Prevalence of needlestick injuries among home health care workers.
Thiese-MS; Wendelboe-AM; Hegmann-KT; Garg-A; Kapellush-J
Am J Epidemiol 2004 Jun; 159(11)(Suppl):S78
Needlestick injuries are a significant problem for healthcare providers. While the majority of research on needlestick injuries has been completed among healthcare workers in the hospital setting, little has been reported in non-hospital healthcare workers. A cross-sectional study was conducted, which analyzed needlestick and sharps injuries among home health care (HHC) workers (n = 883) from 24 HHC agencies in Utah, Wisconsin, Iowa, and Canada. Workers were largely female (92.3%) with a mean age of 43.5+/-11.3 years and mean experience in HHC of 8.3+/-6.7 years. 431 (48.8%) were aides and 306 (34.7%) were nurses. The participation rate averaged >95%. The one year prevalence rate of needlestick injuries for was 1.2% among HHC aides and 7.6% among HHC nurses. Logistic regression analyses were performed. Variables included age, smoking status, seatbelt use, length of career in HHC, personal and work related psycho-social factors and smoking status. Stratified analyses showed that for aides increasing age was protective [Odds Ratio (OR) = 0.16, (95% Confidence Interval 0.03, 0.98)] yet total time working for a HHC agency was trending toward significance (OR = 5.59, p = 0.051) suggesting that aides who have worked in the HHC field for most of their career may be at increased risk for needlestick injuries. Analysis in nurses did not show similar trends. In aides these findings contradicted other published research indicating that newer employees had an increased risk for needlestick injuries yet paralleled reports that young age was a risk factor.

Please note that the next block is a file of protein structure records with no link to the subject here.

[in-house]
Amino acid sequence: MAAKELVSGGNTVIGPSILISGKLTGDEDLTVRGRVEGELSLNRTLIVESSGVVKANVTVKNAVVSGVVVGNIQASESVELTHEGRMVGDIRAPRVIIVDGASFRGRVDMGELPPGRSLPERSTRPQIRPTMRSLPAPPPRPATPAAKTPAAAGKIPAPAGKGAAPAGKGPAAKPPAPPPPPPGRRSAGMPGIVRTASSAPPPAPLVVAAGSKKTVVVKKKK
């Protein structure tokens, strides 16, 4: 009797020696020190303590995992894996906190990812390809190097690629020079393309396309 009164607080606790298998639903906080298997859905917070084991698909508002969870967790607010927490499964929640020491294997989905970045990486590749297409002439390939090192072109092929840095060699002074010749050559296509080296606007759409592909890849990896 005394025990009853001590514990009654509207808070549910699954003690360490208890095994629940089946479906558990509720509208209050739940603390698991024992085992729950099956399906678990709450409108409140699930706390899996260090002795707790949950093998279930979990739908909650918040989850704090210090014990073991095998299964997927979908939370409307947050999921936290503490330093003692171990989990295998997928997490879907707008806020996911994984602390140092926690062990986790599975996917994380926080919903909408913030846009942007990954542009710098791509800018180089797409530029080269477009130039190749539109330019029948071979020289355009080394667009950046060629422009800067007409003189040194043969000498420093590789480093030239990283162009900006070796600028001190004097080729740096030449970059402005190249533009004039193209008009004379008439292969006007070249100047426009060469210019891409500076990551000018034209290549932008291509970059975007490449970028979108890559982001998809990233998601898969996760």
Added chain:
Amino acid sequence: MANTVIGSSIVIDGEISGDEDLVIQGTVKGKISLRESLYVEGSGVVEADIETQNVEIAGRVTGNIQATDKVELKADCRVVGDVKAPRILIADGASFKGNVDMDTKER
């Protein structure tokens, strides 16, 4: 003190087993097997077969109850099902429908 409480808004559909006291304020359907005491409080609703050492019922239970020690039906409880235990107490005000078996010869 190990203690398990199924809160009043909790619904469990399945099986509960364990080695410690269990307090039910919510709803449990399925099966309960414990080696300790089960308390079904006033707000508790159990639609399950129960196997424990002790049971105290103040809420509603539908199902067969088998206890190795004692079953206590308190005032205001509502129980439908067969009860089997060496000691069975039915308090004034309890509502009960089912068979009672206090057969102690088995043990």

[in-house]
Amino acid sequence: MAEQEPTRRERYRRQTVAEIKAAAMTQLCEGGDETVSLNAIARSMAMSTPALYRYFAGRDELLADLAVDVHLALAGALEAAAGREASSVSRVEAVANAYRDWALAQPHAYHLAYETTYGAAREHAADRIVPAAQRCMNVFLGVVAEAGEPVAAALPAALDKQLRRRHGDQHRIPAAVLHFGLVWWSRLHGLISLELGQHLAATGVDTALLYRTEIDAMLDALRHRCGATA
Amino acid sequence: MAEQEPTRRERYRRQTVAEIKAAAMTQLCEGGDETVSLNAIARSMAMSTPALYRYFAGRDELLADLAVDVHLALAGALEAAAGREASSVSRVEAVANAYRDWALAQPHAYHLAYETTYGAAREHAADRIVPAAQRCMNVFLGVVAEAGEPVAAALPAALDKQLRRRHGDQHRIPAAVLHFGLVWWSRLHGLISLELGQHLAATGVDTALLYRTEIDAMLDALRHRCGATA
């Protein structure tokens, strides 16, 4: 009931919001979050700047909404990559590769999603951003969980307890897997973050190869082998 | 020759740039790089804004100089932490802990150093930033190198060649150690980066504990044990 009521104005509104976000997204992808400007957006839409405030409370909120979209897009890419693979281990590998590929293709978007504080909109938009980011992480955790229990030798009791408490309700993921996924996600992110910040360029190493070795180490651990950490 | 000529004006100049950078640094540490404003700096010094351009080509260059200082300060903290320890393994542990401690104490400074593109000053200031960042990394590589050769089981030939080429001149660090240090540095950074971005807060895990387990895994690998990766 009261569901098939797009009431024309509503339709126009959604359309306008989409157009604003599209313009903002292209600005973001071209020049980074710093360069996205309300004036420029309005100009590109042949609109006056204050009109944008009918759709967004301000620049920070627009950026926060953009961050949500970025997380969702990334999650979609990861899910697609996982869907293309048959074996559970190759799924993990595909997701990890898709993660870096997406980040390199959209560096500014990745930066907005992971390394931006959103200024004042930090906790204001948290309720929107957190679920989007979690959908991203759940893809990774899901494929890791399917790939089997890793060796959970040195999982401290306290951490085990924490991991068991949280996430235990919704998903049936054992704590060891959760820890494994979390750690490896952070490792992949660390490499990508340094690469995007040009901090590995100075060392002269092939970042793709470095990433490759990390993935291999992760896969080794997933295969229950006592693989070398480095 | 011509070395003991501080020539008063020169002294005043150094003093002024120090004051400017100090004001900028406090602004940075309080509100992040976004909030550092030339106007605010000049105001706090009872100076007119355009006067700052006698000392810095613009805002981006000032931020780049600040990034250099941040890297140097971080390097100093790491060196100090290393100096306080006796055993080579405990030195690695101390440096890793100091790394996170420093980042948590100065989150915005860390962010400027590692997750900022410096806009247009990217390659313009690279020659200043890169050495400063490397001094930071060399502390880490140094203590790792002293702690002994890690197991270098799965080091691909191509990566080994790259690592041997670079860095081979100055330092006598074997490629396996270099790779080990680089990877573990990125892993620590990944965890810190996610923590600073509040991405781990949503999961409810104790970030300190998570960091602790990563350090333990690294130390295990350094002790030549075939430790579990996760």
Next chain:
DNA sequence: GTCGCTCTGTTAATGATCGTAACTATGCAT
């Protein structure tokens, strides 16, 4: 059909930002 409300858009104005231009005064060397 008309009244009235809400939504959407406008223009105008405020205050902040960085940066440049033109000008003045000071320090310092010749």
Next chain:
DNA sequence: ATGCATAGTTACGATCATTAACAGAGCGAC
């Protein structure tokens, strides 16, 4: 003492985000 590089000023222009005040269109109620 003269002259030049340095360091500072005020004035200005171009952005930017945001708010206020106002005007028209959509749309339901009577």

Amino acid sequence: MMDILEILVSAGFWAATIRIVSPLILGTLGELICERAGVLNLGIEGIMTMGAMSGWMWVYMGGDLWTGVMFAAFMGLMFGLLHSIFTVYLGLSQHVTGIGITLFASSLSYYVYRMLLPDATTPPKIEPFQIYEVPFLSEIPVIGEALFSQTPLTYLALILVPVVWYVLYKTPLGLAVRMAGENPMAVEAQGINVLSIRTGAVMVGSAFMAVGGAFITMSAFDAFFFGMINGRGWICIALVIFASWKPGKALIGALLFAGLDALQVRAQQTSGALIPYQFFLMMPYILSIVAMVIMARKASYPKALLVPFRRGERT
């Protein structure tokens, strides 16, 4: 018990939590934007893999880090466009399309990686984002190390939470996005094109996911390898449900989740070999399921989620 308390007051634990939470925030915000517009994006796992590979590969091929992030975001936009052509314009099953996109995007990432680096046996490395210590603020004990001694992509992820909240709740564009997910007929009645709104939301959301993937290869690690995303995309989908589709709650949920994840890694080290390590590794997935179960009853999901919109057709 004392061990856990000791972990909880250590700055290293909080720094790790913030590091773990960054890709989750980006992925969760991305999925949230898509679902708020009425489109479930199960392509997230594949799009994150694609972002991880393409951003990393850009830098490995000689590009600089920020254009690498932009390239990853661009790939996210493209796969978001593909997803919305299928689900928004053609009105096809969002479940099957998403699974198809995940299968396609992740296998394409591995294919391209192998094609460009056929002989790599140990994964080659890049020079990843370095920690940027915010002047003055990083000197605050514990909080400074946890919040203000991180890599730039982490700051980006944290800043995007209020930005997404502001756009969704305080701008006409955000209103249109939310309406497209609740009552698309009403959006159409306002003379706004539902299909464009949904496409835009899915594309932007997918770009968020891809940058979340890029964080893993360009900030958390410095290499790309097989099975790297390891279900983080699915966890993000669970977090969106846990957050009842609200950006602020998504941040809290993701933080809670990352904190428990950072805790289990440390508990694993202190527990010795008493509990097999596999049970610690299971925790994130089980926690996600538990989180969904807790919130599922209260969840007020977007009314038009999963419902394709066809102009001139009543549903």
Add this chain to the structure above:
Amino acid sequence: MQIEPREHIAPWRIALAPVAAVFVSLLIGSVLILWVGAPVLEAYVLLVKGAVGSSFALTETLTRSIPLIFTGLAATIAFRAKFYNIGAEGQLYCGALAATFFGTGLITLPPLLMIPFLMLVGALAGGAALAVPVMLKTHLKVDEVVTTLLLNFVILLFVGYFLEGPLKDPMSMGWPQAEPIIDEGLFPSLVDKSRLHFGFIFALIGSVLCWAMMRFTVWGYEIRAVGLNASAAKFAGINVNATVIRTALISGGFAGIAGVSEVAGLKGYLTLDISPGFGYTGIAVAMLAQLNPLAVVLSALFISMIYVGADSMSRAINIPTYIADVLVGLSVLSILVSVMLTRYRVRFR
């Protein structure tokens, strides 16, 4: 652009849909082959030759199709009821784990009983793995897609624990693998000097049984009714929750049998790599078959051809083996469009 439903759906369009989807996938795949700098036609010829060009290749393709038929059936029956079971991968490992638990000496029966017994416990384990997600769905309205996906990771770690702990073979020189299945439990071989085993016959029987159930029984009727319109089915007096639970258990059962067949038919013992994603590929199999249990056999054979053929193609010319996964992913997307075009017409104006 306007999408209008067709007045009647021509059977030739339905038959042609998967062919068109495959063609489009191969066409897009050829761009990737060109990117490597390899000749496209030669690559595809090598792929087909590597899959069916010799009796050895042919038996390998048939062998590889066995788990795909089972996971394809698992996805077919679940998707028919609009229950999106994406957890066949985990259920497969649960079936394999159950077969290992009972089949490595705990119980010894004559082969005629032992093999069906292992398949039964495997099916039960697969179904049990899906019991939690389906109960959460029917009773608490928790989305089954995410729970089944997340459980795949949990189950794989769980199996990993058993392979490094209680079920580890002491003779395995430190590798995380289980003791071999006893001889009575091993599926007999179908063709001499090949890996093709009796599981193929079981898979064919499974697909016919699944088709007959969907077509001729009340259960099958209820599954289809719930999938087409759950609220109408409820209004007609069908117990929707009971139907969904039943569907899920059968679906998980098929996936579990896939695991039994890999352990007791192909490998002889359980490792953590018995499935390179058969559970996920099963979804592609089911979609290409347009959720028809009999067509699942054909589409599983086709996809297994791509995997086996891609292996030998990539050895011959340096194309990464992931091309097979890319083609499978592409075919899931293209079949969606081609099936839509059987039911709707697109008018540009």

Epidemiology; Needlestick-injuries; Medical-equipment; Medical-personnel; Health-care-personnel; Nurses; Injuries; Demographic-characteristics; Women; Statistical-analysis
American Journal of Epidemiology
University of Utah, Salt Lake City, Utah